The Central Asian equivalent to an heirloom quilt. Handmade, hand stitched and handed down.
A lavishly embroidered cloth ( suzan means needle in Persian) produced for centuries by talented needle workers as folk art and adorning tables walls, beds and horses. After the iron curtain lifted, we rediscovered them.

Corner Detail

The Backstory
Traditionally made on silk or cotton backgrounds; Suzanis are first taken to a baster who stitches together the narrow widths and draws the design on the seamed cloth. Then it is taken apart and each female family member embroiders a separate strip; working finely stitched s stylized designs with a kind of small crochet hook. Colors are spectacularly created with dyes from granate skins, walnuts, and indigo.When finished, they are reassembled. Because they were heavily used, the earliest examples we have are from 18th century, but the designs- palmettes, botahs, tulips-suggest the Greek and Ottoman Empire. Older suzanis were on neutral grounds; unlike today’s colored backgrounds of red, gold, pink and sometimes violet.

What to look for
Antique Suzanis run $3000 - $5000.
Outstanding needlework- look for overstitching with subtle differences in shadings in different light s
Changing designs with no set pattern repeats are more exciting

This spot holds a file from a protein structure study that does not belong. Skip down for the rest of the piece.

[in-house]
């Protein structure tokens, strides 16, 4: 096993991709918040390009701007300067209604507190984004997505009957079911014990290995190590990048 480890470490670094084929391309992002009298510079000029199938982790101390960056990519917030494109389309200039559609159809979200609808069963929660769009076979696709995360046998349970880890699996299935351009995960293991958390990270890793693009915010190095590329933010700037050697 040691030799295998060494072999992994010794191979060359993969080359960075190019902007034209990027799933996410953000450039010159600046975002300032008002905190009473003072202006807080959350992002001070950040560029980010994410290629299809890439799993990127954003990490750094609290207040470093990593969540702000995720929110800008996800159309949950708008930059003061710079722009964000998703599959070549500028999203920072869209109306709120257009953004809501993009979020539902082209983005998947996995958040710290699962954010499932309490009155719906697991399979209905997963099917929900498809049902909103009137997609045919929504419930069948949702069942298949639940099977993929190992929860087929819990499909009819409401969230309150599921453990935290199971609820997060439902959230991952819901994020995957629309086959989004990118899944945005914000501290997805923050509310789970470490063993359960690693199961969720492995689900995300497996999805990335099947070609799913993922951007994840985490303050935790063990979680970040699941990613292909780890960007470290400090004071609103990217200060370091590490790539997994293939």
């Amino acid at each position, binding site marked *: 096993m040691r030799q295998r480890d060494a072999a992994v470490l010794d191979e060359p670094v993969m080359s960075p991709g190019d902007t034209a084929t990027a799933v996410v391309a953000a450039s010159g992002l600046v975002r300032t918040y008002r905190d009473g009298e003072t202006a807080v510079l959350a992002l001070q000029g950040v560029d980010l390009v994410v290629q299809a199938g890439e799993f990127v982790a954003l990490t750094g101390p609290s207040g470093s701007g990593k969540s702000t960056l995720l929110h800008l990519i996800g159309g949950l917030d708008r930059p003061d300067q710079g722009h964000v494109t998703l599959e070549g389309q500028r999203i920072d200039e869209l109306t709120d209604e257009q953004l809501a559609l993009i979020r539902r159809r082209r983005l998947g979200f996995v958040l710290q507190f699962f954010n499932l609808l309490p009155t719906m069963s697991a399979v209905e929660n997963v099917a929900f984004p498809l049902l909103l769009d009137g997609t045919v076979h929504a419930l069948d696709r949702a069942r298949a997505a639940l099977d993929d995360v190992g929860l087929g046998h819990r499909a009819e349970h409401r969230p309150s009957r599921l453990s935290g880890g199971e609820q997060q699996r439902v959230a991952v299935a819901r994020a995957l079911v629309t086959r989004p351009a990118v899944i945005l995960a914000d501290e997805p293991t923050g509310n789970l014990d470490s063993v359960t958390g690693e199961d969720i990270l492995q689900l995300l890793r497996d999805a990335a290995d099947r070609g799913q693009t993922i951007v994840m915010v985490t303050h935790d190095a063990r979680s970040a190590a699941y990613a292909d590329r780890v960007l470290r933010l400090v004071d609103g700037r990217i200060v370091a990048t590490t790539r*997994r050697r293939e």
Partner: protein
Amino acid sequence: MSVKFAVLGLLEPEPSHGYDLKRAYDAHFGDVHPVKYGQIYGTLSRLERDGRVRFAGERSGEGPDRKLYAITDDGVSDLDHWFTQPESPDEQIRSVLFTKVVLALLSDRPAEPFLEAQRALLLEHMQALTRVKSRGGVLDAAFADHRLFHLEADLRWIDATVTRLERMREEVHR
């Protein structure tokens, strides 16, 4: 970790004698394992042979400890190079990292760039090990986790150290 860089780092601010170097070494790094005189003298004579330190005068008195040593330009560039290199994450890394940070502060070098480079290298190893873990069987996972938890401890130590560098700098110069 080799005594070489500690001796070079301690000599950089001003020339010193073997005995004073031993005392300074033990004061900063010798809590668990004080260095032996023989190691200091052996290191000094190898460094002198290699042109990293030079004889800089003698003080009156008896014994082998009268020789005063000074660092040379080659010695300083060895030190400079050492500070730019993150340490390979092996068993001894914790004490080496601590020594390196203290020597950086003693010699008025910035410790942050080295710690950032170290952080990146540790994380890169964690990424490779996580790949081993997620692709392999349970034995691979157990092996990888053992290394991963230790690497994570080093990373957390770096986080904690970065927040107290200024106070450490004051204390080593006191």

Large medallion suzanis from mid 19th century

What to avoid
Worn pieces. Hold up to the light for holes and wear marks
Overly bright colors could be synthetic
Over faded examples. Keep yours out of direct sunlight
Fragments; unless you are piecing.

Look at the floral facing on the reverse side

Monday, September 7, 2009

SPOTTED: Bag a Scraps

You might be familiar with the hip clothing company, American Apparel. They have always been in the forefront of new and innovative ways to make cotton knit more exciting. They were one of the first retailers in Second Life, Crowdsourcing is their middle name and their efforts to up the American consumer’s taste levels through innovative non-American products is admirable. But when I saw their latest venture all I could say is GENIUS! American Apparel will now be bypassing design and production altogether and opting to sell the Bag-O-Scraps, which the AA website describes as :

“collected cuttings from some of your favorite fun fabrics from around the
American Apparel factory to make one-of-a-kind bags of scrap fabrics. Use them
for all sorts of arts and crafts. Make clever jewelry, accessories, a card for
your grandma or a colorful hanging sculpture for your apartment. Each bag comes with a zine (printed on scrap paper, of course) with five fun and easy scrap
projects, complete with how-to instructions.”

Workrooms and designers take note- those plastic garbage bags of scraps and unwanted leftovers are your next money maker. If AA can do it so can you!

They also encourage buyers to then send off pics of their own creations to be featured and maybe have their chance at 15 minutes of fame.
Think about it- sell your scraps with a how-to booklet; set up a flickr account to upload images; run a contest; build a community- What a brillant idea! If you take this on please keep Trendspot posted- we’ll help spread the word!